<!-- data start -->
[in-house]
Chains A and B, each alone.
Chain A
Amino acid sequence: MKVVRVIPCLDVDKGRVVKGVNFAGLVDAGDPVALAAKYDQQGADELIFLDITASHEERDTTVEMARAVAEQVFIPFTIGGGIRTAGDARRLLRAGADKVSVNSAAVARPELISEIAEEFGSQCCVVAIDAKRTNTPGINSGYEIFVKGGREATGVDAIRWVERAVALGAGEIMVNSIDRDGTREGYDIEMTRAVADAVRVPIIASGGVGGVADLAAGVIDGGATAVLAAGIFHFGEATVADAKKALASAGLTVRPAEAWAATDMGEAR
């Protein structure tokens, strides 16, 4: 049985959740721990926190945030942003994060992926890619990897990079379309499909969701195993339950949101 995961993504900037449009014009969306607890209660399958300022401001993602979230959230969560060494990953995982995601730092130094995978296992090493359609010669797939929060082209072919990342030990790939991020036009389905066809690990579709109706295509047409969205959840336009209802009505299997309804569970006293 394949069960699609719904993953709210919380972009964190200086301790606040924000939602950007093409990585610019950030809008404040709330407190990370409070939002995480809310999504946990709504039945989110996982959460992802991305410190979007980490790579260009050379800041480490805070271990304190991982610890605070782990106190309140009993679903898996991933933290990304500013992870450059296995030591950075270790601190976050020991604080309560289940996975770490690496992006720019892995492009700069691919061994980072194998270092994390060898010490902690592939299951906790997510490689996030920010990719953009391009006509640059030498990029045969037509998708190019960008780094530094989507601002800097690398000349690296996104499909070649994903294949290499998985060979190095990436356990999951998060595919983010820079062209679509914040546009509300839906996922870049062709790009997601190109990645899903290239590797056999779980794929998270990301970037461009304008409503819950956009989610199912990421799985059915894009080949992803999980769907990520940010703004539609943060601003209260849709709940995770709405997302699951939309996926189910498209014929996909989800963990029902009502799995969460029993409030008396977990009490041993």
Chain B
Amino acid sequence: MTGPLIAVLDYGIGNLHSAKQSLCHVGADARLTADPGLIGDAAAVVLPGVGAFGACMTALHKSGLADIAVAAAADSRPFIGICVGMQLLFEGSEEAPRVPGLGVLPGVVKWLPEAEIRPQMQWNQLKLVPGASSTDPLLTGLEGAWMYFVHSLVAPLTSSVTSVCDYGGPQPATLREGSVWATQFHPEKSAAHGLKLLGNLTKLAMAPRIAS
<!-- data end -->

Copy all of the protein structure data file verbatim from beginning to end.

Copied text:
[in-house]
Chains A and B, each alone.
Chain A
Amino acid sequence: MKVVRVIPCLDVDKGRVVKGVNFAGLVDAGDPVALAAKYDQQGADELIFLDITASHEERDTTVEMARAVAEQVFIPFTIGGGIRTAGDARRLLRAGADKVSVNSAAVARPELISEIAEEFGSQCCVVAIDAKRTNTPGINSGYEIFVKGGREATGVDAIRWVERAVALGAGEIMVNSIDRDGTREGYDIEMTRAVADAVRVPIIASGGVGGVADLAAGVIDGGATAVLAAGIFHFGEATVADAKKALASAGLTVRPAEAWAATDMGEAR
């Protein structure tokens, strides 16, 4: 049985959740721990926190945030942003994060992926890619990897990079379309499909969701195993339950949101 995961993504900037449009014009969306607890209660399958300022401001993602979230959230969560060494990953995982995601730092130094995978296992090493359609010669797939929060082209072919990342030990790939991020036009389905066809690990579709109706295509047409969205959840336009209802009505299997309804569970006293 394949069960699609719904993953709210919380972009964190200086301790606040924000939602950007093409990585610019950030809008404040709330407190990370409070939002995480809310999504946990709504039945989110996982959460992802991305410190979007980490790579260009050379800041480490805070271990304190991982610890605070782990106190309140009993679903898996991933933290990304500013992870450059296995030591950075270790601190976050020991604080309560289940996975770490690496992006720019892995492009700069691919061994980072194998270092994390060898010490902690592939299951906790997510490689996030920010990719953009391009006509640059030498990029045969037509998708190019960008780094530094989507601002800097690398000349690296996104499909070649994903294949290499998985060979190095990436356990999951998060595919983010820079062209679509914040546009509300839906996922870049062709790009997601190109990645899903290239590797056999779980794929998270990301970037461009304008409503819950956009989610199912990421799985059915894009080949992803999980769907990520940010703004539609943060601003209260849709709940995770709405997302699951939309996926189910498209014929996909989800963990029902009502799995969460029993409030008396977990009490041993």
Chain B
Amino acid sequence: MTGPLIAVLDYGIGNLHSAKQSLCHVGADARLTADPGLIGDAAAVVLPGVGAFGACMTALHKSGLADIAVAAAADSRPFIGICVGMQLLFEGSEEAPRVPGLGVLPGVVKWLPEAEIRPQMQWNQLKLVPGASSTDPLLTGLEGAWMYFVHSLVAPLTSSVTSVCDYGGPQPATLREGSVWATQFHPEKSAAHGLKLLGNLTKLAMAPRIAS